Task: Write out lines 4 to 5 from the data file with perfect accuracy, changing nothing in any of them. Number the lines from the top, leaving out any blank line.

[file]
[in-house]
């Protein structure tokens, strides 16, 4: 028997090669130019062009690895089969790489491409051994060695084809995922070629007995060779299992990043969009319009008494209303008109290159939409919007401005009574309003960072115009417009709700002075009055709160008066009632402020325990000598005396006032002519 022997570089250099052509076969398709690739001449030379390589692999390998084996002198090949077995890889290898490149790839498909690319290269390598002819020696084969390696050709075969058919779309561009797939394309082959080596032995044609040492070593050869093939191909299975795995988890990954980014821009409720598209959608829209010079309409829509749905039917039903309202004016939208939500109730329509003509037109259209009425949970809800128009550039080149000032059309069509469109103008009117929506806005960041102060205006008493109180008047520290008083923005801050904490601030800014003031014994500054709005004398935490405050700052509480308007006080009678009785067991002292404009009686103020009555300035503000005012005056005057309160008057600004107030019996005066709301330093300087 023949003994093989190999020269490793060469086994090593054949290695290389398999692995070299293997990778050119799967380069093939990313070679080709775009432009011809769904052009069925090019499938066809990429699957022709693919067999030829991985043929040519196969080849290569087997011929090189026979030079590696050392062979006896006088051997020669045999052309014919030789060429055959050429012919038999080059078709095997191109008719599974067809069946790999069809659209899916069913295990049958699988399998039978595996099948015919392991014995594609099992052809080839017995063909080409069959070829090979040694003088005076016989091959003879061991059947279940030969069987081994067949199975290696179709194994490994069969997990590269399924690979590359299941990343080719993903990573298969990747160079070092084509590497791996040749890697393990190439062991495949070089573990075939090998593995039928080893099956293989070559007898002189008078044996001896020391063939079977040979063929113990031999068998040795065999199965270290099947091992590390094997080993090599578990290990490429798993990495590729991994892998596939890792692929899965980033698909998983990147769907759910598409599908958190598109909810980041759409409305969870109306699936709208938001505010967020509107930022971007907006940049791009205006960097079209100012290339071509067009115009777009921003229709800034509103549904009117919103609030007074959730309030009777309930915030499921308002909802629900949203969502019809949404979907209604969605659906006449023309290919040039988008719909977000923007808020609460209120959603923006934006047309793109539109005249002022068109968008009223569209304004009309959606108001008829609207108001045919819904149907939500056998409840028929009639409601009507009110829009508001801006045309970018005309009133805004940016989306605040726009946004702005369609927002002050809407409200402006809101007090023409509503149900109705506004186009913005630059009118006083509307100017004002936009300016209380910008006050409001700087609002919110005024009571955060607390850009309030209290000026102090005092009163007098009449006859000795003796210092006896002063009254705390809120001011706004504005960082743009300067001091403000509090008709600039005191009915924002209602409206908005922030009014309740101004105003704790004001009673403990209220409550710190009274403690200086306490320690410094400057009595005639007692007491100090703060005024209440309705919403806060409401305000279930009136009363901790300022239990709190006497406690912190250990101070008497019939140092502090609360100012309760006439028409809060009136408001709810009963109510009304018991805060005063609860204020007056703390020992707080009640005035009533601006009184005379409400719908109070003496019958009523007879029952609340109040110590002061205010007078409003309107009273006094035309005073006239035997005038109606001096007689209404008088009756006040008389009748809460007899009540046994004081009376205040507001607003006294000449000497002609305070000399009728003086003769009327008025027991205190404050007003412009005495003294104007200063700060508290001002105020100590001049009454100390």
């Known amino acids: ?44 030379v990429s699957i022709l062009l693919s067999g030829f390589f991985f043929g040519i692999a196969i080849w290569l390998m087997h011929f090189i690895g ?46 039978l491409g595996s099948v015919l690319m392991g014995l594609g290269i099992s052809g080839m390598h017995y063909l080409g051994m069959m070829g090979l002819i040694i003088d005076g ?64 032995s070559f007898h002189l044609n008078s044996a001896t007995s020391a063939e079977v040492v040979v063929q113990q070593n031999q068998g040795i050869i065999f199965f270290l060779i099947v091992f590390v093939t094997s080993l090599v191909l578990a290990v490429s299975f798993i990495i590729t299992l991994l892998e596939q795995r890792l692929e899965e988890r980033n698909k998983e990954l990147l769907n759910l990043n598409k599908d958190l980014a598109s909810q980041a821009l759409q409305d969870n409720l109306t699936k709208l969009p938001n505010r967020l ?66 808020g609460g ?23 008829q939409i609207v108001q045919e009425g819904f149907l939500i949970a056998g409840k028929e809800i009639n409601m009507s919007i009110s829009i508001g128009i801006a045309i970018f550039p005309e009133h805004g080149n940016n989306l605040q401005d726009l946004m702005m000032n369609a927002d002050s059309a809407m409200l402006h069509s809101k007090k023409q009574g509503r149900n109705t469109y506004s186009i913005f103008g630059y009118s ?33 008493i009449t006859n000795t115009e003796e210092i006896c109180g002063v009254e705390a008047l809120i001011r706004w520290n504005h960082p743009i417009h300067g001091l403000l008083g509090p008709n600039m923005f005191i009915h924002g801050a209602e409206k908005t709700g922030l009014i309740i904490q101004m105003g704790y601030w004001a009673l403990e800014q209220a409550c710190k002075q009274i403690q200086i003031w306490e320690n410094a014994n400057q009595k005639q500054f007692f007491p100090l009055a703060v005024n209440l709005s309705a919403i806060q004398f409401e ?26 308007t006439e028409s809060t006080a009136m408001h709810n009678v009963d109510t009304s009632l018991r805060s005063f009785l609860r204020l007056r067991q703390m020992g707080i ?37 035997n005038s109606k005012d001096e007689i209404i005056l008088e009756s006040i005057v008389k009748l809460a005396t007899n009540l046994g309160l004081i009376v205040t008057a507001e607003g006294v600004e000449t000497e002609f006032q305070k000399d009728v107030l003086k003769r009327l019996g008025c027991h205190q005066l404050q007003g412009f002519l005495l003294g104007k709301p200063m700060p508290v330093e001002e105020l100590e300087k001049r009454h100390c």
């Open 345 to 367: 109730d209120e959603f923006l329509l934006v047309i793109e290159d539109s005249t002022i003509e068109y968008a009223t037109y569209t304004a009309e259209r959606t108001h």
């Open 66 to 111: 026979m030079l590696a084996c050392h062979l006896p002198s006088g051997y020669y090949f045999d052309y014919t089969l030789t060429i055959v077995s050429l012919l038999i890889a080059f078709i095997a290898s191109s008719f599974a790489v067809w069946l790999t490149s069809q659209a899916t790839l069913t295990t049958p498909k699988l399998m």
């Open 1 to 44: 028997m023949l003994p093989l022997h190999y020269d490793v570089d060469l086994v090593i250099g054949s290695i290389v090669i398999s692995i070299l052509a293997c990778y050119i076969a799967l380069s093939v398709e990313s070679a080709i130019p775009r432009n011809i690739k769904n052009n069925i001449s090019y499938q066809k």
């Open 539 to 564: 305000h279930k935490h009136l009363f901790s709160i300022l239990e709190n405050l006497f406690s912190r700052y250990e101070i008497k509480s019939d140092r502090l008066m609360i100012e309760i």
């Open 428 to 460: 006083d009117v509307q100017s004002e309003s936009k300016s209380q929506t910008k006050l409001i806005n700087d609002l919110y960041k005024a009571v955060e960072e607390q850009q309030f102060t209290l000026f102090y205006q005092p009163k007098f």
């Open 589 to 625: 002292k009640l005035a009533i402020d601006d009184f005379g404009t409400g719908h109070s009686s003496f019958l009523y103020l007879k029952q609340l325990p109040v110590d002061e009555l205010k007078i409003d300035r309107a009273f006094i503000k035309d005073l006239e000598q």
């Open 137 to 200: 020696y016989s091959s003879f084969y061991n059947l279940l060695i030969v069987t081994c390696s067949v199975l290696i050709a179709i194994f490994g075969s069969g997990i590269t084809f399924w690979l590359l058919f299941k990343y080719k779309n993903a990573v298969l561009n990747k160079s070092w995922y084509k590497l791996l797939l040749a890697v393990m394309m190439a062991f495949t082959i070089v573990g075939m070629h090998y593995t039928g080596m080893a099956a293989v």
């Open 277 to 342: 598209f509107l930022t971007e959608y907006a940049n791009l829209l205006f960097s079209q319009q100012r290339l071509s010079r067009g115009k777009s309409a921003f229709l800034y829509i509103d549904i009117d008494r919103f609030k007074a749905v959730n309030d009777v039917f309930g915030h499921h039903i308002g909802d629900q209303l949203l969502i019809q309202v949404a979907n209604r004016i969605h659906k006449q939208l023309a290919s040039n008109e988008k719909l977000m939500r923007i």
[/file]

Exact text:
């Open 345 to 367: 109730d209120e959603f923006l329509l934006v047309i793109e290159d539109s005249t002022i003509e068109y968008a009223t037109y569209t304004a009309e259209r959606t108001h």
């Open 66 to 111: 026979m030079l590696a084996c050392h062979l006896p002198s006088g051997y020669y090949f045999d052309y014919t089969l030789t060429i055959v077995s050429l012919l038999i890889a080059f078709i095997a290898s191109s008719f599974a790489v067809w069946l790999t490149s069809q659209a899916t790839l069913t295990t049958p498909k699988l399998m």